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Veteran participates in 70th anniversary of Korean War

Veteran participates in 70th anniversary of Korean War

Moneta resident Charlie Walker was just 19 when he enlisted in the Army. His mother, who played bridge with the leader of the local draft board, had been warned that her son’s number was coming up soon.

“I didn’t want to go and be drafted,” Walker, now 87, recalled.

After going through tank training at the U.S. Army Armor School in Fort Knox, Kentucky, he was shipped off with the 2nd Infantry Division to serve in the Korean War. It was the spring of 1953, just as the war was winding down.

“It was the last combat engagement. It was tapering off,” Walker said.

After returning to the U.S., Walker continued serving with the Army’s active reserves for a total of 26 years before retiring.

And last month, Walker was one of 10 veterans selected by the nonprofit advocacy group, the Greatest Generations Foundation, to participate in commemorating the 70th anniversary of the start of the Korean War after his name had been submitted to the foundation by his friend and fellow Korean War veteran Bob VandeLinde.

Highlights from the two-day, all-expenses paid event included meeting with South Korea’s ambassador Lee Soo Hyuck at the White House, watching the changing of the guard at the Tomb of the Unknown Soldier at Arlington National Cemetery and attending a wreath-laying ceremony with President Donald Trump and First Lady Melania Trump at the Korean War Memorial.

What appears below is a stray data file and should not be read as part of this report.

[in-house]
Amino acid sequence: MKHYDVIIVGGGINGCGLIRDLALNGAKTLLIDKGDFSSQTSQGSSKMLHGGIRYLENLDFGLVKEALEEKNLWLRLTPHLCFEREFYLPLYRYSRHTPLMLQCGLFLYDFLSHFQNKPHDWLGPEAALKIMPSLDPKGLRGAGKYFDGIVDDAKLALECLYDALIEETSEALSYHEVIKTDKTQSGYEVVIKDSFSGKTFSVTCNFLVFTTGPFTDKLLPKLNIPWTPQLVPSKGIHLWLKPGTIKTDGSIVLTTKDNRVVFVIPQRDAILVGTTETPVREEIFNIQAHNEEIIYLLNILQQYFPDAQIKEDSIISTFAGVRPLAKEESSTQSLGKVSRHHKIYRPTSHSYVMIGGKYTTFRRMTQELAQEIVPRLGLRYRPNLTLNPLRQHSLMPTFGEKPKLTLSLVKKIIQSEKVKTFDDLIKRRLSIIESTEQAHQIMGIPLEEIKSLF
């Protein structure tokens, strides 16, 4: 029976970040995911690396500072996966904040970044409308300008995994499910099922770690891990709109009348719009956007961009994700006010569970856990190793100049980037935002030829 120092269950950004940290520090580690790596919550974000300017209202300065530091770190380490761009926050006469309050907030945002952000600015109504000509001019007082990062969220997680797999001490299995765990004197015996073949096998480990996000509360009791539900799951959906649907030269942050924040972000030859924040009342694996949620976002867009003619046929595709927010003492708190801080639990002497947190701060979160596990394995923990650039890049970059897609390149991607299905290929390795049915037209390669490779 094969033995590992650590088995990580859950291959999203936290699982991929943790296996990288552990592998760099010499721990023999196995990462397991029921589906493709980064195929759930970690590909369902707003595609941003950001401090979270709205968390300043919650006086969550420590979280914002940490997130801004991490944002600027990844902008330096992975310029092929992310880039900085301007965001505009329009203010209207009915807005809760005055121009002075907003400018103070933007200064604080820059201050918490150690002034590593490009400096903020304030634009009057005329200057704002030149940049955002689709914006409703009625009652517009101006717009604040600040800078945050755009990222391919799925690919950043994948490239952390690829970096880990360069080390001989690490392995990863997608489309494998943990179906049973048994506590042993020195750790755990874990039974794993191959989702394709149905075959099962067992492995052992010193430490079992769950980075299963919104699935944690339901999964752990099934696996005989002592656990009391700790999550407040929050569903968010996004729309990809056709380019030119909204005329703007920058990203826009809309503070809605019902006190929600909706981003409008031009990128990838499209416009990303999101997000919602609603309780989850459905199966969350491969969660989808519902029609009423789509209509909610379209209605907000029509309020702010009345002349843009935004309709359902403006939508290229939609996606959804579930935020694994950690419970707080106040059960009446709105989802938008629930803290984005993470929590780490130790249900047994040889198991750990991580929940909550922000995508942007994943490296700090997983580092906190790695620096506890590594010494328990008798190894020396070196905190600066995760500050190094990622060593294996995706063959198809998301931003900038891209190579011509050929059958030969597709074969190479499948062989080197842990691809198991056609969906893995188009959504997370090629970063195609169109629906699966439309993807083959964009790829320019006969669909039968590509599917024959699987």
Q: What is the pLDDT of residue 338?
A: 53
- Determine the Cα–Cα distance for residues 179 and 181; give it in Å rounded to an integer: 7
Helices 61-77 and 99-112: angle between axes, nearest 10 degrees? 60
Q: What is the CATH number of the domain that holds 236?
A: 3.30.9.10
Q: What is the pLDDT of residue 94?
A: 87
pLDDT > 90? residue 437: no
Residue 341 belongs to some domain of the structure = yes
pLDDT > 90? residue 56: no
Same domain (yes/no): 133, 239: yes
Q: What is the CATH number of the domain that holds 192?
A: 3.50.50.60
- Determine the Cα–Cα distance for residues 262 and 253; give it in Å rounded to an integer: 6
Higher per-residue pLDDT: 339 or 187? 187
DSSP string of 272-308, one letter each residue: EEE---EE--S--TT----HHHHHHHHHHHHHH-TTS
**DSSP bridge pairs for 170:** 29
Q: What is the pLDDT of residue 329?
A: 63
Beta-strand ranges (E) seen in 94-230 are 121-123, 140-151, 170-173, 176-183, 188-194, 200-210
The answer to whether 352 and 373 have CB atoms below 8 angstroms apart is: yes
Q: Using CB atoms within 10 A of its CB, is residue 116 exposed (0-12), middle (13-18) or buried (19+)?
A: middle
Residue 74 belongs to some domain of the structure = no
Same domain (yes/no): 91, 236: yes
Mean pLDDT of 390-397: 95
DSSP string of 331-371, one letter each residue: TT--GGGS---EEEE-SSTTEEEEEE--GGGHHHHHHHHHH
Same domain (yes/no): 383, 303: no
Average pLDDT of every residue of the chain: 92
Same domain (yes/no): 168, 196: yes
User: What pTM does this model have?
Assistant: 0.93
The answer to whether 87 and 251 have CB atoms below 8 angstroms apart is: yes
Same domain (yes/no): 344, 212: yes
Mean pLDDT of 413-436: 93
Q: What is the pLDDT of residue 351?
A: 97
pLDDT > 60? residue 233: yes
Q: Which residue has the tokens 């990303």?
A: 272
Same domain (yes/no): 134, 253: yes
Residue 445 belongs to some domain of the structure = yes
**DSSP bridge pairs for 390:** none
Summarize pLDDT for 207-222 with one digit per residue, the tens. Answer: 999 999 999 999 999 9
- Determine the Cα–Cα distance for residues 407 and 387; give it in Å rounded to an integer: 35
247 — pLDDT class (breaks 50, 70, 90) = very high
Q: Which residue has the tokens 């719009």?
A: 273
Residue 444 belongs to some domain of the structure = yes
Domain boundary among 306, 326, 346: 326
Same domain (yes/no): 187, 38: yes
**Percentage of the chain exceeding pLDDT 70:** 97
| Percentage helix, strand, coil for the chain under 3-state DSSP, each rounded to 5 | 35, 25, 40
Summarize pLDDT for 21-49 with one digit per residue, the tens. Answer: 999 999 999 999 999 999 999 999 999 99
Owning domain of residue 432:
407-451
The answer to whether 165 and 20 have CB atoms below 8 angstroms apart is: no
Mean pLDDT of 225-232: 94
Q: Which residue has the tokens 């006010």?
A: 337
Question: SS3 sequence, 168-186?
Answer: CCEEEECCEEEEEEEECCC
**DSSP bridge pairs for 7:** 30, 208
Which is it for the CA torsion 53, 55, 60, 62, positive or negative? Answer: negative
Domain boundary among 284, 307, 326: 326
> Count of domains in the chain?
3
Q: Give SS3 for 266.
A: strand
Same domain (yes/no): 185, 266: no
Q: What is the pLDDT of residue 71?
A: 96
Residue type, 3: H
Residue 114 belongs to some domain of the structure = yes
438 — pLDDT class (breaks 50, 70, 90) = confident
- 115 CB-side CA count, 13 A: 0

On the morning of the ceremony, Walker recalled the memorial, which was closed to the public, was teeming with Secret Service agents and members of the news media.

“Flags and a color guard were already in place as were 10 chairs reserved for our group of vets,” Walker recalled. “Twenty minutes after arriving we heard the motorcycles and saw the multitude of black SUVs followed by the ‘beast,’ the president’s vehicle.”

After presenting a wreath to honor veterans of the Korean War, the president and first lady met and spoke with Walker and his comrades.

“The president approached each of us as we saluted and he returned the salute,” Walker said.

Later that day, Walker’s pastor called to tell him that he had been spotted on national news.

The following day, the group visited Arlington National Cemetery where they were welcomed by U.S. Army Gen. Mark Milley, chairman of the Joint Chiefs of Staff.

“To honor us, he was wearing the uniform worn by officers of our time,” Walker said.

While Walker didn’t know any of the other veterans who attended, he said he enjoyed spending time and “exchanging war stories” with them.

Holding a handful of challenge coins he received, Walker said, the trip was an experience that won’t be forgotten anytime soon.

In fact, he said, it sparked an interest to give back as a volunteer with the foundation, which, according to its website, works “to return combat veterans to their former battlegrounds, cemeteries and memorials to ensure their legacies are recorded and retold in perpetuity for future generations.”

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